With late newscasts falling as much as 10%-20% in major markets from November 2005 to November 2006, stations are rethinking how they offer news. News consultants say people are up earlier, home later, and to bed later—which bodes poorly for the 11 p.m. news, for decades a crucial chunk of a station's revenue. As a result, stations such as Chicago's WMAQ are starting their news earlier in the morning, while increasingly focusing on their digital offerings.
In that one-year period, the late news in the top 10 markets dropped 10% in households, from an average 6.7 rating/13 share in November 2005 to an average 6.0/12, according to data compiled by Nielsen Media Research.
That trend tends to hold true among each of the Big Three network stations. In New York, WABC's 11 p.m. news has dropped 12% in households in the past year, from a 7.5/14 in November 2005 to a 6.6/12 in November 2006. WNBC has fallen similarly, while WCBS inched up 1/10 of a ratings point.
In Chicago, the household-ratings average has fallen nearly 9% year-to-year, dipping even further during the latest May sweeps. Chicago is one of the country's strongest news markets, however, with ABC O&O WLS leading the way. In November 2005, the powerhouse station scored a 10.8/18 among households at 11 p.m., seeing only a small drop this past November at a 10.6/17. But CBS' WBBM dropped 8% year to year, while NBC's WMAQ fell 11%.
It's the same story in Philadelphia, where the late news has fallen 12% year- to-year. ABC's market leader, WPVI, has seen the biggest drop, with a 20% loss.
“We all know the news by 11 p.m., so we're not going to stay up to watch it,” says Web news consultant Steve Safran. “We don't get home at 5:30, and we don't go to bed at 11:30 p.m., so stations need to give us this stuff when we want it.”
This is grave news for stations. According to media-research firm Borrell Associates, stations, on average, take in 30% of their revenue from local newscasts. Of that 30%, 60%-65% comes from the early-evening news, 35%-45% from late news.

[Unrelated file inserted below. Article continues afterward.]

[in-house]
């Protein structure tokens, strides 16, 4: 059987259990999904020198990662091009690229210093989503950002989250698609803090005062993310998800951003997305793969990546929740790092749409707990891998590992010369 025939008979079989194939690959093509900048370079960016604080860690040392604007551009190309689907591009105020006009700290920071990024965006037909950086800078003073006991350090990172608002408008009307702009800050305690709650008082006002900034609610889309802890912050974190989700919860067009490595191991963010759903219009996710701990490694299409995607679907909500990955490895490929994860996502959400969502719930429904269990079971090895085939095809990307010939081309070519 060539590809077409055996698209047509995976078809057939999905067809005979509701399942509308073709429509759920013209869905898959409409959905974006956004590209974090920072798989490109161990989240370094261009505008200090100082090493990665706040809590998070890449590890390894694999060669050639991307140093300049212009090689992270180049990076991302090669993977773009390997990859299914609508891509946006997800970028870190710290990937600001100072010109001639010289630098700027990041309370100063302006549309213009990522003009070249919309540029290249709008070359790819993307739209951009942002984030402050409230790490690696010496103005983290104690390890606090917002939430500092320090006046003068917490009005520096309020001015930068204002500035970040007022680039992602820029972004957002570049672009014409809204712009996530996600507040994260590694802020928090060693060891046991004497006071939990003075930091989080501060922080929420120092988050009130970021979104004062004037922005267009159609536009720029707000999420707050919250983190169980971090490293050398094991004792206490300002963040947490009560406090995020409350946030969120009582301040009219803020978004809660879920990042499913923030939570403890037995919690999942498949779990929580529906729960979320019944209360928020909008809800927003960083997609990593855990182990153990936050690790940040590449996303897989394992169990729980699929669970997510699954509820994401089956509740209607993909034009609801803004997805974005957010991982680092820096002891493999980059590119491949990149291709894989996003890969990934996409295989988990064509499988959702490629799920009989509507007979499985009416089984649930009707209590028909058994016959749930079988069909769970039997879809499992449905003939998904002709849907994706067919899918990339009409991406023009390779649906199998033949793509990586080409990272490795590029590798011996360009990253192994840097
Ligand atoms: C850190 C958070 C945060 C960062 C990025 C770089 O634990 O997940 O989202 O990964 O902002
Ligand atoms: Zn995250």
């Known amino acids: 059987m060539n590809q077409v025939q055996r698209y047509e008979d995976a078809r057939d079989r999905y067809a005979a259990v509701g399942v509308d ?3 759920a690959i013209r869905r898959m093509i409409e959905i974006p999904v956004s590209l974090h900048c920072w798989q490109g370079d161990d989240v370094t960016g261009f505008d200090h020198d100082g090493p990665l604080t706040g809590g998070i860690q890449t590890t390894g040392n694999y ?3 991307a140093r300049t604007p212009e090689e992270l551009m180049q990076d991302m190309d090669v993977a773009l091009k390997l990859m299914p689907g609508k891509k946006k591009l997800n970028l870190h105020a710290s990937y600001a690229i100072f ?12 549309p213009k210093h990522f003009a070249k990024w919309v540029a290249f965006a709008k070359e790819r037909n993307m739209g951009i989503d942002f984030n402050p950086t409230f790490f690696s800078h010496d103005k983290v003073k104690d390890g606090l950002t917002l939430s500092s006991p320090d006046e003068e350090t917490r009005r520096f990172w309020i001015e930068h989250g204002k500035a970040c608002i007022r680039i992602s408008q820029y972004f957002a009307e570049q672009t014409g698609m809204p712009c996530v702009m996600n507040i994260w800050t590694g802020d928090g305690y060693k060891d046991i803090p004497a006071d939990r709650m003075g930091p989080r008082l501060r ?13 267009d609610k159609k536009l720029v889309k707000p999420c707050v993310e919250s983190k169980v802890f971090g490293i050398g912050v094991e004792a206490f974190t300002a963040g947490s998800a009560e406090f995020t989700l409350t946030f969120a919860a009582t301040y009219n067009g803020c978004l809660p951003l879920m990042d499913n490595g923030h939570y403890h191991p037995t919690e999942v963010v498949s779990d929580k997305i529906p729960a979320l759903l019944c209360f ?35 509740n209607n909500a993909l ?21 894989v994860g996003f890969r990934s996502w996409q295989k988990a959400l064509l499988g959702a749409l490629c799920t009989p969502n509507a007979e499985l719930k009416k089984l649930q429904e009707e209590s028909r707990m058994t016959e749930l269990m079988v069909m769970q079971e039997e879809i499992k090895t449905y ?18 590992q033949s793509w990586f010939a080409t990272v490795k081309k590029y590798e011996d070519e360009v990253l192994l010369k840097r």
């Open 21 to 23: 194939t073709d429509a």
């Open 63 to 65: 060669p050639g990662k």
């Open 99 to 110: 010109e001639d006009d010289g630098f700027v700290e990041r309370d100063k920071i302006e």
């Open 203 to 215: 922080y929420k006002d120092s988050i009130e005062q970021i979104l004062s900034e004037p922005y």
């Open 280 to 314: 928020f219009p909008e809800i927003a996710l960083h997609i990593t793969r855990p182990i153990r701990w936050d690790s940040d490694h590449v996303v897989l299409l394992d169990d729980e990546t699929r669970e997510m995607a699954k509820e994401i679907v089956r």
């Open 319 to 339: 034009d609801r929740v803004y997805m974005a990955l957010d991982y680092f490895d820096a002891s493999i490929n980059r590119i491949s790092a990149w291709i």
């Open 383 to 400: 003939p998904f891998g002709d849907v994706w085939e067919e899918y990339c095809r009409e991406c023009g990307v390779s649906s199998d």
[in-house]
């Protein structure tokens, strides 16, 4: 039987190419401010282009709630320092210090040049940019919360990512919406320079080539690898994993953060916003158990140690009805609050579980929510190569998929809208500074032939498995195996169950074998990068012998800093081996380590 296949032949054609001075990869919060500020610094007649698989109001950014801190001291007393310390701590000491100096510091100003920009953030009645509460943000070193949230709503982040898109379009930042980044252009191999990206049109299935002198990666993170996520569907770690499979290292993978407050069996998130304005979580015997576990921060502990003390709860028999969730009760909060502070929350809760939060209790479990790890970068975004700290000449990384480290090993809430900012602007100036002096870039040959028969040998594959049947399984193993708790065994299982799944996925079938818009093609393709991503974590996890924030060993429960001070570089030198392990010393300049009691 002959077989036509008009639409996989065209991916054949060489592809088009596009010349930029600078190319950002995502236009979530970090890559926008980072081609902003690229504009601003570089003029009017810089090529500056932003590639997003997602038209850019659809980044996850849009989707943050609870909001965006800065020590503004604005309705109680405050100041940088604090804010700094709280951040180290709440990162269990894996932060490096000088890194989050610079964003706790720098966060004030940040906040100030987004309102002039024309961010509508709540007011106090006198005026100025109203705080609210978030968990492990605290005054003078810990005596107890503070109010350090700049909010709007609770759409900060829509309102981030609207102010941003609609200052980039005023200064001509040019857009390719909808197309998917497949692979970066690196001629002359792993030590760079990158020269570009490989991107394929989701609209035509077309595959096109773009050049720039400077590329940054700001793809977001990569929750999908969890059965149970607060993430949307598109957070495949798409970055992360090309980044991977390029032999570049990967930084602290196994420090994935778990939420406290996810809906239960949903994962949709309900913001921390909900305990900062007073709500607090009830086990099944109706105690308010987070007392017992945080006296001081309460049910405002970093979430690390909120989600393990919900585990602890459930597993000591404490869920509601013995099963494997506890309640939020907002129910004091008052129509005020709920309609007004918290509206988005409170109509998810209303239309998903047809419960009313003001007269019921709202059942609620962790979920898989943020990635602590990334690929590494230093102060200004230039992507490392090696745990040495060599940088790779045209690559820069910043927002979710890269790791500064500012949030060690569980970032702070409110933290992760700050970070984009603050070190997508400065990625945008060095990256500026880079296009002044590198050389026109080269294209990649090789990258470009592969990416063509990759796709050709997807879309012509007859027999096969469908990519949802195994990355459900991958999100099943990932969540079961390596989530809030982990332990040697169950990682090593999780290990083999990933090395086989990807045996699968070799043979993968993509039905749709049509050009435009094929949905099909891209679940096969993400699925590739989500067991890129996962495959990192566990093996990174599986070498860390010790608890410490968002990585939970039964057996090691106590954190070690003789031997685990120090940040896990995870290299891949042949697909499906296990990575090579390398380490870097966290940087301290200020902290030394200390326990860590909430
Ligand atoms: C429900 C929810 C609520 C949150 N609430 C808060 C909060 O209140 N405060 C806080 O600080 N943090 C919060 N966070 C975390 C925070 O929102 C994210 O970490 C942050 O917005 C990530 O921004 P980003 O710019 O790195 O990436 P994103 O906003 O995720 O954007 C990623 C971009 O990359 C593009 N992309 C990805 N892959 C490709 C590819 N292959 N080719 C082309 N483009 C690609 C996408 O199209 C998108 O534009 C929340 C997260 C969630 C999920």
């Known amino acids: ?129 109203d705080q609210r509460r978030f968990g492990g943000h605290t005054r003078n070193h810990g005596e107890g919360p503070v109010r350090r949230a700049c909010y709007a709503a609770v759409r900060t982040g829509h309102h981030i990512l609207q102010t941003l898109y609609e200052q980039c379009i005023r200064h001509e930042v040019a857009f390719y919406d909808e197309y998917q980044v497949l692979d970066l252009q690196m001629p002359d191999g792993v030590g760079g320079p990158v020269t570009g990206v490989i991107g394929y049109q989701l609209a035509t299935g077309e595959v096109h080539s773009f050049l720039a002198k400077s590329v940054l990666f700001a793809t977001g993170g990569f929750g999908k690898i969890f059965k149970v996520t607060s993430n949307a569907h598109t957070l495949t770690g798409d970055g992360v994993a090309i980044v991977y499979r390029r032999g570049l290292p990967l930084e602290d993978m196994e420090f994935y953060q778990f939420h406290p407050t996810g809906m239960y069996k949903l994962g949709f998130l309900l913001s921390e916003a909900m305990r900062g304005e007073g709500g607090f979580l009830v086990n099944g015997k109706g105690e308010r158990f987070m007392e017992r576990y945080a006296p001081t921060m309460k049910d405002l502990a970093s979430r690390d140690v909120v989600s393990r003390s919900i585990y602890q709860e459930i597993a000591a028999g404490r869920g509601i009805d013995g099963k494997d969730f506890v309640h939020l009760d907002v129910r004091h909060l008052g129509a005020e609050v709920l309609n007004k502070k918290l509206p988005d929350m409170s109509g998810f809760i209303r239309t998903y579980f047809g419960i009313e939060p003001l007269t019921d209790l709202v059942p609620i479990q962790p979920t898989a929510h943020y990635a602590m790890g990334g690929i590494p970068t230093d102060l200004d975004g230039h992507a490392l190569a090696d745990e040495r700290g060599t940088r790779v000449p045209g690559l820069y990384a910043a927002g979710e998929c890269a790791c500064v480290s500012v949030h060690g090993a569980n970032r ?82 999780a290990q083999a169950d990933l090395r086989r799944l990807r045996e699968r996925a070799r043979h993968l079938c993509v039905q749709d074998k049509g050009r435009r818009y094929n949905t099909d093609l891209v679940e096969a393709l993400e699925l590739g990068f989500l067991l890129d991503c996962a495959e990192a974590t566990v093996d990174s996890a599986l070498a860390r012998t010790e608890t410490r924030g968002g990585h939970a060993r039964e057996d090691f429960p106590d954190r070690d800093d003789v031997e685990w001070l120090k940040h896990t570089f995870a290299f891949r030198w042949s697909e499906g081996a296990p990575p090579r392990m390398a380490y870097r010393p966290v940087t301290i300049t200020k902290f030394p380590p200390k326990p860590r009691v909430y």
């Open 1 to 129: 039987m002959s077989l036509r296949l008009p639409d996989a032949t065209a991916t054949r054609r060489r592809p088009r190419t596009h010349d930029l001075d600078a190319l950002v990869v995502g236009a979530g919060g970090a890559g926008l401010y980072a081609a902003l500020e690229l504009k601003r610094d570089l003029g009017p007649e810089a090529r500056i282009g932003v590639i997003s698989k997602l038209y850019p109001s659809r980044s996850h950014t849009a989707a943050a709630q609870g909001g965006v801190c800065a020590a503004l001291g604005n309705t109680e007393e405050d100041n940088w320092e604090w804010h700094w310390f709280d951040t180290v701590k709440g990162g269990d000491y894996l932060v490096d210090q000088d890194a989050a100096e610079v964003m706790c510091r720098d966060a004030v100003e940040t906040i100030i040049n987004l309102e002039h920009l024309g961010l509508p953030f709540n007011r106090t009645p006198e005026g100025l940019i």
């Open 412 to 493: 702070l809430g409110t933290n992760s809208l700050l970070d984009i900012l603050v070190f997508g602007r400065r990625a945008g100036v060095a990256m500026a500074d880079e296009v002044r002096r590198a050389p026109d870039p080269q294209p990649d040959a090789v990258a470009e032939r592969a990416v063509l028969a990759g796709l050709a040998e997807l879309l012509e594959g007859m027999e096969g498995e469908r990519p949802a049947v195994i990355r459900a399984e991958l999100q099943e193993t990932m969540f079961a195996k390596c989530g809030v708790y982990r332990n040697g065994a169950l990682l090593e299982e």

It's not just the 11 p.m. news that's feeling the effects of a shift in lifestyle patterns. “People are getting up so early because of work, kids and so forth, and they don't get home in time to watch the 5 or 6 p.m. news,” says Steve Schwaid, senior VP of news and programming at the NBC TV Stations Group.
To retain their local presence, stations across the country have been starting their newscasts earlier and adding weekend broadcasts. NBC-owned WMAQ Chicago launched a 4:30 a.m. newscast this week, while all the Fox owned-and-operated stations have begun offering news at 5 a.m. in the past year. Their four-hour morning newscasts will lead directly into The Morning Show With Mike and Juliet, which launches Jan. 22.
As digital platforms further fragment the TV landscape, stations are realizing that their only programming advantage over cable networks is strong local news.
“Airing reruns of stuff that you can get anywhere from the Internet to your iPod is not going to be the way to stay competitive,” says one Fox stations executive. “If you don't go local, you're dead.”
Stations also need to offer news all day on all available platforms, say consultants. “Local broadcasters have to do a better job of delivering local news and information,” says Bill Hague, VP of Frank N. Magid Associates. “Whether that information is coming to a computer, cellphone or Blackberry, stations have to be a credible source, like a CNN.com or Weather.com.”
According to Magid's research, while nearly half of people 35 to 54 years old turn to the Internet first for weather information or sports scores, only 10% turns to the Web first for local news. Says Hague, “We have to do a better job of sending people back and forth between the Internet site and the mother station.”
Even though the nation's viewing patterns are shifting dramatically, late news remains essential in the station world. Many Fox stations, for instance, are adding 11 p.m. newscasts to their late-night lineups. For their part, many station executives insist that the 11 p.m. news is still vital to their bottom line.